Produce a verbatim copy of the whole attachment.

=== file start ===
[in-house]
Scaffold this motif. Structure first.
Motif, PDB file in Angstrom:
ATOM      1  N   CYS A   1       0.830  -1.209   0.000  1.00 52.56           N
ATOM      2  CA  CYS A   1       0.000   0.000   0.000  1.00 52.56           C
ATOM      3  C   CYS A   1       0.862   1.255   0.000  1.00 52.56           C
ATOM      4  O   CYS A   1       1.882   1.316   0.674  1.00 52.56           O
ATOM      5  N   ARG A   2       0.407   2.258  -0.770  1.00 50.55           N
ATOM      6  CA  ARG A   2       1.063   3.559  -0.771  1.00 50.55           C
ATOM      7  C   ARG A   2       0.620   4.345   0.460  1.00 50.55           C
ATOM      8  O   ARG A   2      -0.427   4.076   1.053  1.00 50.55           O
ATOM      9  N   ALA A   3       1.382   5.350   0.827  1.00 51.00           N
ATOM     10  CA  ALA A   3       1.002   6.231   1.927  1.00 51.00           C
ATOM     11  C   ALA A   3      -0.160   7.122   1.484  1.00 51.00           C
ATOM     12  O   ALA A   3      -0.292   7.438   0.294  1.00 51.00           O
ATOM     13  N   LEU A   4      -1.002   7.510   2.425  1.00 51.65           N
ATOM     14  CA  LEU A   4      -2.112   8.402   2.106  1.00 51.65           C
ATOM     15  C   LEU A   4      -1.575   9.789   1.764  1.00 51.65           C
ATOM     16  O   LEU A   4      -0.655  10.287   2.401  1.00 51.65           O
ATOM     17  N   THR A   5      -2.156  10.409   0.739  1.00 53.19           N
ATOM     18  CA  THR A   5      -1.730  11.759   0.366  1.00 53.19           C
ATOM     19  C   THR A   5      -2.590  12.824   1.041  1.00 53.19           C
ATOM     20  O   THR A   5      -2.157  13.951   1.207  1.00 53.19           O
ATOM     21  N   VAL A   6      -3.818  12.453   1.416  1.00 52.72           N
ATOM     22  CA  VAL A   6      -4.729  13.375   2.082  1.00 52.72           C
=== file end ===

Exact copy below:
[in-house]
Scaffold this motif. Structure first.
Motif, PDB file in Angstrom:
ATOM      1  N   CYS A   1       0.830  -1.209   0.000  1.00 52.56           N
ATOM      2  CA  CYS A   1       0.000   0.000   0.000  1.00 52.56           C
ATOM      3  C   CYS A   1       0.862   1.255   0.000  1.00 52.56           C
ATOM      4  O   CYS A   1       1.882   1.316   0.674  1.00 52.56           O
ATOM      5  N   ARG A   2       0.407   2.258  -0.770  1.00 50.55           N
ATOM      6  CA  ARG A   2       1.063   3.559  -0.771  1.00 50.55           C
ATOM      7  C   ARG A   2       0.620   4.345   0.460  1.00 50.55           C
ATOM      8  O   ARG A   2      -0.427   4.076   1.053  1.00 50.55           O
ATOM      9  N   ALA A   3       1.382   5.350   0.827  1.00 51.00           N
ATOM     10  CA  ALA A   3       1.002   6.231   1.927  1.00 51.00           C
ATOM     11  C   ALA A   3      -0.160   7.122   1.484  1.00 51.00           C
ATOM     12  O   ALA A   3      -0.292   7.438   0.294  1.00 51.00           O
ATOM     13  N   LEU A   4      -1.002   7.510   2.425  1.00 51.65           N
ATOM     14  CA  LEU A   4      -2.112   8.402   2.106  1.00 51.65           C
ATOM     15  C   LEU A   4      -1.575   9.789   1.764  1.00 51.65           C
ATOM     16  O   LEU A   4      -0.655  10.287   2.401  1.00 51.65           O
ATOM     17  N   THR A   5      -2.156  10.409   0.739  1.00 53.19           N
ATOM     18  CA  THR A   5      -1.730  11.759   0.366  1.00 53.19           C
ATOM     19  C   THR A   5      -2.590  12.824   1.041  1.00 53.19           C
ATOM     20  O   THR A   5      -2.157  13.951   1.207  1.00 53.19           O
ATOM     21  N   VAL A   6      -3.818  12.453   1.416  1.00 52.72           N
ATOM     22  CA  VAL A   6      -4.729  13.375   2.082  1.00 52.72           C